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Join the Conversation

  • Deb Jannerson

    I’m glad it’s being talked about that one’s career is not carte blanche, freedom of speech is not freedom from criticism, and RAPE THREATS AREN’T OKAY, STUPIDASS. But I wish people, including people I respect, didn’t keep turning the convo into whether rape jokes can ever be funny or subversive. That’s worthy of a convo too but really not what the Tosh incident is about. It’s like when Schwyzer’s apologists tried to change the subject to “DO YOU BELIEVE IN FORGIVENESS?” or when people unsatisfied with Glee’s domestic violence storyline debated whether Glee is “immoral.” When you get that general, you lose the thread and allow the conversation to be diverted from what actually happened, and, like “immoral,” “funny” is too subjective a word to be politically useful. (As for Ms. Silverman, she’s very hit-or-miss with me, but I was nodding along with her in that clip… until the motor-boating joke. Unwanted motor-boating is STILL sexual assault, and she’s STILL blaming assault on women’s clothing. ‘Nuff said.)

  • Lamech

    Once, again those jokes are not okay! Really stop defending rape jokes! Sheesh. Sarah Silverman didn’t demonstrate rape jokes could be funny; she demonstrated how they could be less offensive than Tosh’s, but that’s a really low bar to set.

  • Courtney

    Sarah Silverman is so creative and original with her humor, it’s always interesting to hear new material from her. Wanda Sykes’ routine is also brilliant.

    Tosh, on the other hand, is mostly incredibly frustrating. His show is mostly fat shaming/slut shaming/hipster racism. The problem with comics like him is that they take this space that was once a place for people to express their anger at an oppressive culture and turn it into a reflection of that oppressive culture where women are NOT welcome. We are expected to go along with this misogynistic, homophobic, cis-sexist culture because “it’s just humor” and apparently straight, white, cis-men have it really hard in this time of political correctness.

    Melissa Harris-Perry had a BRILLIANT segment on her show on Sunday. Jamie Kilstein of Citizen Radio said it perfectly – he said comedians were, for a long time, nerds and outcasts who found their niche in comedy where they could vent and make people laugh. But the bullies are invading our nerd space!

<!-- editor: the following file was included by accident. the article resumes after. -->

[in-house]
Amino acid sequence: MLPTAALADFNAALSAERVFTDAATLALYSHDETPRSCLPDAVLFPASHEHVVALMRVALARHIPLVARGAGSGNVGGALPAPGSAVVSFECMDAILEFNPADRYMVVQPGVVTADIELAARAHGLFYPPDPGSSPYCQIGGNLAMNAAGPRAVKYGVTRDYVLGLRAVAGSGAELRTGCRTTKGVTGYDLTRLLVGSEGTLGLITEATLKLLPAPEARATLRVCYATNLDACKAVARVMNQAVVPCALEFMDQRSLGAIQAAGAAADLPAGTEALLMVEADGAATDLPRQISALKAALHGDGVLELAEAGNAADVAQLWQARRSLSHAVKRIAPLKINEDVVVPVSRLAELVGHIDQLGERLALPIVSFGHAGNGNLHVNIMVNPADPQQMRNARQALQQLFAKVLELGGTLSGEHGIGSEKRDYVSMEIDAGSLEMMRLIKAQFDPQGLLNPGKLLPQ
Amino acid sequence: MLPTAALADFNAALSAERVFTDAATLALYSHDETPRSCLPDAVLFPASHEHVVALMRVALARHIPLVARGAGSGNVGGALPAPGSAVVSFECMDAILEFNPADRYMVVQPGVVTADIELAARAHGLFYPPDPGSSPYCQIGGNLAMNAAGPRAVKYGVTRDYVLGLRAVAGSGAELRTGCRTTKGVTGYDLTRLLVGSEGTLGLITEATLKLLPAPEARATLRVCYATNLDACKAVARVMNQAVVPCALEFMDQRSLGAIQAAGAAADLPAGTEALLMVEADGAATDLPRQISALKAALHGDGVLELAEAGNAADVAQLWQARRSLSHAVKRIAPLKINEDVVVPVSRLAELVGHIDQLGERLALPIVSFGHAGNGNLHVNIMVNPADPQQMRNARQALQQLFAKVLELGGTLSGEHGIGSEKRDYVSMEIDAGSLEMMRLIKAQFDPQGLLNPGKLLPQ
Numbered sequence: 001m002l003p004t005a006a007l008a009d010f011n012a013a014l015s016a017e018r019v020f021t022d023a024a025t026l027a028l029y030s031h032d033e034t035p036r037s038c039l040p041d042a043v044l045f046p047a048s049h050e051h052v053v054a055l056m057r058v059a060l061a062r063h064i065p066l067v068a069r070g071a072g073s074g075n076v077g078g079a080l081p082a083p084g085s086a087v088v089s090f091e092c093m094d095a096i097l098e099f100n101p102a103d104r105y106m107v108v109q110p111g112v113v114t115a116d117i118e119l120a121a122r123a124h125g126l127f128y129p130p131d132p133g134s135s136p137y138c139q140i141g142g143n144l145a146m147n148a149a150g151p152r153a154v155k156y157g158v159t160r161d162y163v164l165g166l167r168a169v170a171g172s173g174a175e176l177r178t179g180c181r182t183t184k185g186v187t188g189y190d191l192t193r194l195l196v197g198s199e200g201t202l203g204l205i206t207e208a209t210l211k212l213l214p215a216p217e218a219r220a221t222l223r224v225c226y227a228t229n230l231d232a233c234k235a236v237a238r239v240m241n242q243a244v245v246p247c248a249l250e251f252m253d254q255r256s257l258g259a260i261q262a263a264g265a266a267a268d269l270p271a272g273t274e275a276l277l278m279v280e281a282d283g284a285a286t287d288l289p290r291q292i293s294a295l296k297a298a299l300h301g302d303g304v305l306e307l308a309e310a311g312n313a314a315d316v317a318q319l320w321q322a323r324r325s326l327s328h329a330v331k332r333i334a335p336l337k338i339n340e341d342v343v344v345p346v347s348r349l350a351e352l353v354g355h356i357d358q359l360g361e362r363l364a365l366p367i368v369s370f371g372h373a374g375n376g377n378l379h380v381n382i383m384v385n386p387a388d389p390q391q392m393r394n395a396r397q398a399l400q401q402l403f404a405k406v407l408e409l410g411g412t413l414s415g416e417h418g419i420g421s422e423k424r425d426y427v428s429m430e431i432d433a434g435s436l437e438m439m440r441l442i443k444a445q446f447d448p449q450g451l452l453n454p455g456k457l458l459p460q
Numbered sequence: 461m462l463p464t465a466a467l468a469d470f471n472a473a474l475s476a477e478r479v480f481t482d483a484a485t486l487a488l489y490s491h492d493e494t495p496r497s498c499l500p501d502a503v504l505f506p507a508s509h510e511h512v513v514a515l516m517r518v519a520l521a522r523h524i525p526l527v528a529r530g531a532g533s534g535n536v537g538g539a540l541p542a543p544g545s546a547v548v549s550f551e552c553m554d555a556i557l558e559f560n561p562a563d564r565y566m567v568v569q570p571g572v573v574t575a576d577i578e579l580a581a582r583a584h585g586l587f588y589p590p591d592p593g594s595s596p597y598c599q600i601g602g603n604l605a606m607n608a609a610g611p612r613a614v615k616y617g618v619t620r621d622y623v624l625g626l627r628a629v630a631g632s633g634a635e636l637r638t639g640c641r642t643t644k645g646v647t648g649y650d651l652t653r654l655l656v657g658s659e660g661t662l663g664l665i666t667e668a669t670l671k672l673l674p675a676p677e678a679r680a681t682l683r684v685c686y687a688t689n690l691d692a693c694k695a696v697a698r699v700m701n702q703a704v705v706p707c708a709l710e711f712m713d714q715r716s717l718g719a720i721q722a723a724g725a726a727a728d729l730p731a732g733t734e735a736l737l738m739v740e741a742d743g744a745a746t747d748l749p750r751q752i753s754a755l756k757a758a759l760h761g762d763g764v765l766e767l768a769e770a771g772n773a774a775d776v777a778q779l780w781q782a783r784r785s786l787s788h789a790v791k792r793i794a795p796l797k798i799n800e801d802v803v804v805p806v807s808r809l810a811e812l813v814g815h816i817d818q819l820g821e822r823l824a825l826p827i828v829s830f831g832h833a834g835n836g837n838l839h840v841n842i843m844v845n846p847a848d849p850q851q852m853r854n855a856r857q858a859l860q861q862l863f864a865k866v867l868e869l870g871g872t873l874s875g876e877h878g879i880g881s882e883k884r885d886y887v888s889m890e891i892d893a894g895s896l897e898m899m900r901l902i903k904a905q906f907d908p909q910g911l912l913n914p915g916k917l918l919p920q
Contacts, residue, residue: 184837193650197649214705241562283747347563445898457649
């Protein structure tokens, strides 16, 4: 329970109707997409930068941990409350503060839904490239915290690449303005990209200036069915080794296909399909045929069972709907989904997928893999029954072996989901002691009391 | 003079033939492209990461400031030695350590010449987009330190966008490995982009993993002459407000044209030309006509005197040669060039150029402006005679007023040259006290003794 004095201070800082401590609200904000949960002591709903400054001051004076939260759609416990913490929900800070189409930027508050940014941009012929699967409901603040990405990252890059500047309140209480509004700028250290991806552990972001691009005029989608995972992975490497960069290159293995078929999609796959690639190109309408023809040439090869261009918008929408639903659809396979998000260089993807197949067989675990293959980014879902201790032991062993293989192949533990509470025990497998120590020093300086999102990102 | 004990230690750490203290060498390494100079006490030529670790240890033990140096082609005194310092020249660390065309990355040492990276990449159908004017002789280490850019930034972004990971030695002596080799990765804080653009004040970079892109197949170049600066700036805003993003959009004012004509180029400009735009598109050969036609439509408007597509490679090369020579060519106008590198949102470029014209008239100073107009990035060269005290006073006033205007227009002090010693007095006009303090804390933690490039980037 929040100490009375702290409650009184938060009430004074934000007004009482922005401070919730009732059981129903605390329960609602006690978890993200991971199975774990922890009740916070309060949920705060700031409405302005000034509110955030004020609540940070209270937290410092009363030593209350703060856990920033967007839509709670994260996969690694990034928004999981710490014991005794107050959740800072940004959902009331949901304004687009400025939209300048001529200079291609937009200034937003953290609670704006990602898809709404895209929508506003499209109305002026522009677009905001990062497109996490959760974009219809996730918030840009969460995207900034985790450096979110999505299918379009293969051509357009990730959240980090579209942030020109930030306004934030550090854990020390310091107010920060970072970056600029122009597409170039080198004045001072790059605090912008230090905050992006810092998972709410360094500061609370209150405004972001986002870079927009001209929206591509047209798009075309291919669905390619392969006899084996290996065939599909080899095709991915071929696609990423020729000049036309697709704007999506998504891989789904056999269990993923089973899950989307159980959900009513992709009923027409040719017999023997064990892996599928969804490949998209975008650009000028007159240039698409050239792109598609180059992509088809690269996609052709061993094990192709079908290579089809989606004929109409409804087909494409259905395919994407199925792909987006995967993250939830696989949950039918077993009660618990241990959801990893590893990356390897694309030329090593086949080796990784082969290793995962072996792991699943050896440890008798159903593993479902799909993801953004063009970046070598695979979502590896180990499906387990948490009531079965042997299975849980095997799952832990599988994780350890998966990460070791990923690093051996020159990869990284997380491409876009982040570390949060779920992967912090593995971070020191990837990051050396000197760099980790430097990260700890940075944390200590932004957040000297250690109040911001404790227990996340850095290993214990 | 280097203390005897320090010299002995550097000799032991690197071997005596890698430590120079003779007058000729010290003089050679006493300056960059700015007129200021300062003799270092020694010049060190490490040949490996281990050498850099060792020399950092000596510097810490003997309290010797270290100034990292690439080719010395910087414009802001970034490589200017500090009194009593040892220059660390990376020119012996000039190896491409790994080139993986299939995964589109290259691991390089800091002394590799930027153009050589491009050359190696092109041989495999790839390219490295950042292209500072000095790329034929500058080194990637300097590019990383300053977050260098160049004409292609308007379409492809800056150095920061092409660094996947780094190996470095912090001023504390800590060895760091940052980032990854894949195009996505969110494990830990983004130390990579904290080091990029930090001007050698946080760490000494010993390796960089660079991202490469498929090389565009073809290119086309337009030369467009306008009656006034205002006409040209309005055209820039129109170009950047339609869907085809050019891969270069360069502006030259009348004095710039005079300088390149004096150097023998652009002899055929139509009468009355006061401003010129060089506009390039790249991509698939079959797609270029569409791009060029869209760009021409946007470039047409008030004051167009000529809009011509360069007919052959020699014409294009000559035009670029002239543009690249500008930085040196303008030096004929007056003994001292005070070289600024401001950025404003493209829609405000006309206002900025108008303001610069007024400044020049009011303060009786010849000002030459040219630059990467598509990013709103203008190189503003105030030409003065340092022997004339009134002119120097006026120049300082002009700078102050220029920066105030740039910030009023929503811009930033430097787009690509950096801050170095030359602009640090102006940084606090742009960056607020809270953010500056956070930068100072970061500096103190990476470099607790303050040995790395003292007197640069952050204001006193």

• Ariadne

    I do not think that any rape jokes are humerous. Silverstann’s attempt flounders very badly. Why waste time defending rape jokes? What is the point? Are there not better, more important things to focus on or write about? While women for example in India or Afghanistan face real life and death situations white westerners are going to sit around and talk about how some rape jokes are just so funny? It really makes me wonder.

  • Katha Mania

    Do you know the egyptian movie Cairo 678? Its a movie about sexual harrassement and eventually there in the storyline you’ll get to know a stand up comedian that tries to make a joke about the sexual harrassement she had to go through on stage.
    Highly recommend that movie and was associating it, while reading the article here.

  • Jonathan Goodman

    I am a recovering victim’s husband from over 30 years ago. You and those comics mean well, but it’s not something that’s easy for me to laugh about.

  • Julia

    I actually logged on specifically to comment. I am a rape survivor (and there are loads of us), and you know what–I have laughed at rape jokes, though Tosh’s was lame, and his follow up was hideous. I have heard funny ones that don’t make the problem worse, but call attention to the problem and how effed up our rape culture is. I have heard other feminists make jokes about our rape culture, and laughed. If you don’t find it funny, fine…there are loads of things I don’t find funny (like Jackass!).

    See Lindy West’s article “How To Make A Rape Joke” over at Jezebel, and also check out Louis CK’s discussion at the Daily Show from 7/16/2012, and how blogs and women talking about our rape culture have opened his eyes to the lives that this culture forces us to have.

  • Melanie

    It’s more than insulting that you call it a “tired soundbite” when some feminists state that rape jokes are never funny. Many rape victims are triggered regardless of whether it’s a “good” or “bad” rape joke. It is self-righteous to claim they are just wrong in their assessment when they are the ones being triggered. You may have a case that it is _less bad_ to tell rape jokes that take on rapists and rape culture as the butt of the joke rather than rape victims. But don’t you dare frame rape victims – particularly ones who may have been more severely traumatized and thus can’t handle ANY rape joke – as somehow conservative, prudish, or “tired” and speaking in “soundbite[s].” I call bullshit.